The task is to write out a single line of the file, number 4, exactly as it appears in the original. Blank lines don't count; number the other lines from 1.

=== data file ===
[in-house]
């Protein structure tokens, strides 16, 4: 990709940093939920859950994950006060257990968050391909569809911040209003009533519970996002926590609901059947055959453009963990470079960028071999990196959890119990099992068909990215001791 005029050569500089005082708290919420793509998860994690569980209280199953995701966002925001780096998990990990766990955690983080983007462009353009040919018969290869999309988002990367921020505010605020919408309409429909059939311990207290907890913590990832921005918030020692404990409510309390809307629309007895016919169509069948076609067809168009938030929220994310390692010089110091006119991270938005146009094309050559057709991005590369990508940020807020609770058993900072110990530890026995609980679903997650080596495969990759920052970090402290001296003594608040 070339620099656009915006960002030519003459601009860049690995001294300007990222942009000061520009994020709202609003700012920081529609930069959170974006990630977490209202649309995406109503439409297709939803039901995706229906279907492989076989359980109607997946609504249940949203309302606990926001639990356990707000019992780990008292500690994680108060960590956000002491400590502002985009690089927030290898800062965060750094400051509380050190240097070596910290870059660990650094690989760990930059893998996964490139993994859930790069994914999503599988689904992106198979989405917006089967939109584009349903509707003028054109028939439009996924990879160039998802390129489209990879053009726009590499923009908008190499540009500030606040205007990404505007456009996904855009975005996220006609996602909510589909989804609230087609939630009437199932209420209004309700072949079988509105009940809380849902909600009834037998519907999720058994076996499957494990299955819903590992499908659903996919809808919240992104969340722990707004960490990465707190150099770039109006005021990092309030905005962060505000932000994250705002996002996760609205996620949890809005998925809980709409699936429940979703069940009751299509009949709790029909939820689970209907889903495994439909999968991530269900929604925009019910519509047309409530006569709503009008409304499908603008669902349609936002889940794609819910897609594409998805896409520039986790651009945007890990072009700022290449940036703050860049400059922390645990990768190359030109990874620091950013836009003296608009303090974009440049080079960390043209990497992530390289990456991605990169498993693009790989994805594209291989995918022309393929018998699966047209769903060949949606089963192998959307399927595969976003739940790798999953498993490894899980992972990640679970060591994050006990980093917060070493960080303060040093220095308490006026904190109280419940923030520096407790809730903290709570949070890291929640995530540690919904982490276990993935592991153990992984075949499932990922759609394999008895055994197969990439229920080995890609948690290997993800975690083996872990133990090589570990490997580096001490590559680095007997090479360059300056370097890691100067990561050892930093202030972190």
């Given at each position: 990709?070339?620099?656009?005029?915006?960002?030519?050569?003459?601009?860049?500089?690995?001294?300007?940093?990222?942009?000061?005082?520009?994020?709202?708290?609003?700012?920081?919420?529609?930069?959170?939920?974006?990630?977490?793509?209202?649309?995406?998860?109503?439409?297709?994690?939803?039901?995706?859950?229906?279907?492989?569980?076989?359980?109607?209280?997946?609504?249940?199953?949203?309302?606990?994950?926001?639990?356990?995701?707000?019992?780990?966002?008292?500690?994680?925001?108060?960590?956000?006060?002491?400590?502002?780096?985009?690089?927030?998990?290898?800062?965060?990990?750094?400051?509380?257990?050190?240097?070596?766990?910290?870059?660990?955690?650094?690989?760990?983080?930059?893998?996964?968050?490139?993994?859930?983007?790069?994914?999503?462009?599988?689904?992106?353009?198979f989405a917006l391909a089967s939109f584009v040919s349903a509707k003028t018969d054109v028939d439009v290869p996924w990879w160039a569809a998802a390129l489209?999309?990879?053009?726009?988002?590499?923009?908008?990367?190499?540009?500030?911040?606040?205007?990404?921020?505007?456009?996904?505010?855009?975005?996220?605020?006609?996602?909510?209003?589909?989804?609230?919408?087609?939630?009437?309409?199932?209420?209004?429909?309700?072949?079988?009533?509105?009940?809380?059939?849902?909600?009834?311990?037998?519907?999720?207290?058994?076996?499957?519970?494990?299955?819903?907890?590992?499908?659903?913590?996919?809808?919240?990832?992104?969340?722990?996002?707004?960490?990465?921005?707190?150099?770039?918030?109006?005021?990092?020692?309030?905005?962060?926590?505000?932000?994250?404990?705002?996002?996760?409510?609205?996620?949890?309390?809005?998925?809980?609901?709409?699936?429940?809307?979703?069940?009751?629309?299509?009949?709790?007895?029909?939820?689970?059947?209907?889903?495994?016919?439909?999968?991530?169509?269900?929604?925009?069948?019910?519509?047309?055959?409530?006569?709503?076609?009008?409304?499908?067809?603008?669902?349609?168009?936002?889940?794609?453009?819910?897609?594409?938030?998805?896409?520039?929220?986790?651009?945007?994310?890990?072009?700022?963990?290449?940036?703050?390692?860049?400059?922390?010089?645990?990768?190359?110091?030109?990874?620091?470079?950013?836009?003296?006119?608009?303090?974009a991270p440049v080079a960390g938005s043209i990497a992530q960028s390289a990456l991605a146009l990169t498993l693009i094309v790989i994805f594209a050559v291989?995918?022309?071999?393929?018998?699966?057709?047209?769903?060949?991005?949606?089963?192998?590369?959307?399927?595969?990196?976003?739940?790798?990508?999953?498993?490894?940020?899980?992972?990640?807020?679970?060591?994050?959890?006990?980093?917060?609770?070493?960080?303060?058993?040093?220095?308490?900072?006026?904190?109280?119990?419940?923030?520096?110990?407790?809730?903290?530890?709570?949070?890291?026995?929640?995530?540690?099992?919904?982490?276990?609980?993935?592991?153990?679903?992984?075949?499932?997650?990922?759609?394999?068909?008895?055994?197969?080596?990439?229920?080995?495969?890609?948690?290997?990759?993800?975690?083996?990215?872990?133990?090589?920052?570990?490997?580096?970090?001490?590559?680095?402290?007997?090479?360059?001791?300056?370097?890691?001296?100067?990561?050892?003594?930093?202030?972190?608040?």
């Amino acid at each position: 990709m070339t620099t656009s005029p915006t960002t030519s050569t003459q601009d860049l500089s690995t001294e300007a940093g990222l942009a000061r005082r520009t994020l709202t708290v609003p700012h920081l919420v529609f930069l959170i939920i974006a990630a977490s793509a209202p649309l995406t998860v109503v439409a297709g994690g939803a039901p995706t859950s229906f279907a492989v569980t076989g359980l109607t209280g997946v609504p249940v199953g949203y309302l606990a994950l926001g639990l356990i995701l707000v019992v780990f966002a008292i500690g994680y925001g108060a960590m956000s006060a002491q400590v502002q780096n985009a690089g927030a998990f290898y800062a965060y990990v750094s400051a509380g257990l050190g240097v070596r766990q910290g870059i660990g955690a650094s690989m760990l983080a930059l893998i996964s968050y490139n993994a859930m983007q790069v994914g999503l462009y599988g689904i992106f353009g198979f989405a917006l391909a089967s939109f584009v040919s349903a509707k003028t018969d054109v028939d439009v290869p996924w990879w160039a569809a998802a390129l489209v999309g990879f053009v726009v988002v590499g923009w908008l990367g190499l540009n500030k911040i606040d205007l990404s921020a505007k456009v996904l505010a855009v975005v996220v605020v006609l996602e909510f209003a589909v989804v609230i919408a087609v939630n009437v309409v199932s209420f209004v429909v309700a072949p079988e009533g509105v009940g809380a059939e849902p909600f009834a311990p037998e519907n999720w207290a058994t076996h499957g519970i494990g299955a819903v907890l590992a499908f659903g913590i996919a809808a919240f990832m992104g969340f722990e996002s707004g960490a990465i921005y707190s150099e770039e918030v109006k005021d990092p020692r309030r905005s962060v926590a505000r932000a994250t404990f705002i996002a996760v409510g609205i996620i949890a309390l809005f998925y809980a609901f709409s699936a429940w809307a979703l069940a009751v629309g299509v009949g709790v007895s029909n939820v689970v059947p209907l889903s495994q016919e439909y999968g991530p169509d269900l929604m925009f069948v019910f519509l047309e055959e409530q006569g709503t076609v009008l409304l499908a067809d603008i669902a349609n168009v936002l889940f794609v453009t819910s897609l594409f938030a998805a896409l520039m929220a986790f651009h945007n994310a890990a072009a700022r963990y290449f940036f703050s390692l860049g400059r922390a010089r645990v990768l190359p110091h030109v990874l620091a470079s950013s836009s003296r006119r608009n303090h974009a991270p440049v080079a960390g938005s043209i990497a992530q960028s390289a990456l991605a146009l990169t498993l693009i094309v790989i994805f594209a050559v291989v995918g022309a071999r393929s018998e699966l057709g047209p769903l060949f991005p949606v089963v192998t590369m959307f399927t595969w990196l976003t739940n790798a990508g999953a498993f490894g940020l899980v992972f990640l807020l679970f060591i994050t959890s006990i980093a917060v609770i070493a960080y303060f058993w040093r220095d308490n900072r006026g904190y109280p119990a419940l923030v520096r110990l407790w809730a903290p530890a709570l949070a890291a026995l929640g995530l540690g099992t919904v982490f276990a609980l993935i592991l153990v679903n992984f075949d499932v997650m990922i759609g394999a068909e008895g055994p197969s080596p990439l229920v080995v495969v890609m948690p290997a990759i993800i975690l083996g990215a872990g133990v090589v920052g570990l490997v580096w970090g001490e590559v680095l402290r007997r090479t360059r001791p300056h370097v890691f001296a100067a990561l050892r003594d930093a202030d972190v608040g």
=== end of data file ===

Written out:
């Amino acid at each position: 990709m070339t620099t656009s005029p915006t960002t030519s050569t003459q601009d860049l500089s690995t001294e300007a940093g990222l942009a000061r005082r520009t994020l709202t708290v609003p700012h920081l919420v529609f930069l959170i939920i974006a990630a977490s793509a209202p649309l995406t998860v109503v439409a297709g994690g939803a039901p995706t859950s229906f279907a492989v569980t076989g359980l109607t209280g997946v609504p249940v199953g949203y309302l606990a994950l926001g639990l356990i995701l707000v019992v780990f966002a008292i500690g994680y925001g108060a960590m956000s006060a002491q400590v502002q780096n985009a690089g927030a998990f290898y800062a965060y990990v750094s400051a509380g257990l050190g240097v070596r766990q910290g870059i660990g955690a650094s690989m760990l983080a930059l893998i996964s968050y490139n993994a859930m983007q790069v994914g999503l462009y599988g689904i992106f353009g198979f989405a917006l391909a089967s939109f584009v040919s349903a509707k003028t018969d054109v028939d439009v290869p996924w990879w160039a569809a998802a390129l489209v999309g990879f053009v726009v988002v590499g923009w908008l990367g190499l540009n500030k911040i606040d205007l990404s921020a505007k456009v996904l505010a855009v975005v996220v605020v006609l996602e909510f209003a589909v989804v609230i919408a087609v939630n009437v309409v199932s209420f209004v429909v309700a072949p079988e009533g509105v009940g809380a059939e849902p909600f009834a311990p037998e519907n999720w207290a058994t076996h499957g519970i494990g299955a819903v907890l590992a499908f659903g913590i996919a809808a919240f990832m992104g969340f722990e996002s707004g960490a990465i921005y707190s150099e770039e918030v109006k005021d990092p020692r309030r905005s962060v926590a505000r932000a994250t404990f705002i996002a996760v409510g609205i996620i949890a309390l809005f998925y809980a609901f709409s699936a429940w809307a979703l069940a009751v629309g299509v009949g709790v007895s029909n939820v689970v059947p209907l889903s495994q016919e439909y999968g991530p169509d269900l929604m925009f069948v019910f519509l047309e055959e409530q006569g709503t076609v009008l409304l499908a067809d603008i669902a349609n168009v936002l889940f794609v453009t819910s897609l594409f938030a998805a896409l520039m929220a986790f651009h945007n994310a890990a072009a700022r963990y290449f940036f703050s390692l860049g400059r922390a010089r645990v990768l190359p110091h030109v990874l620091a470079s950013s836009s003296r006119r608009n303090h974009a991270p440049v080079a960390g938005s043209i990497a992530q960028s390289a990456l991605a146009l990169t498993l693009i094309v790989i994805f594209a050559v291989v995918g022309a071999r393929s018998e699966l057709g047209p769903l060949f991005p949606v089963v192998t590369m959307f399927t595969w990196l976003t739940n790798a990508g999953a498993f490894g940020l899980v992972f990640l807020l679970f060591i994050t959890s006990i980093a917060v609770i070493a960080y303060f058993w040093r220095d308490n900072r006026g904190y109280p119990a419940l923030v520096r110990l407790w809730a903290p530890a709570l949070a890291a026995l929640g995530l540690g099992t919904v982490f276990a609980l993935i592991l153990v679903n992984f075949d499932v997650m990922i759609g394999a068909e008895g055994p197969s080596p990439l229920v080995v495969v890609m948690p290997a990759i993800i975690l083996g990215a872990g133990v090589v920052g570990l490997v580096w970090g001490e590559v680095l402290r007997r090479t360059r001791p300056h370097v890691f001296a100067a990561l050892r003594d930093a202030d972190v608040g």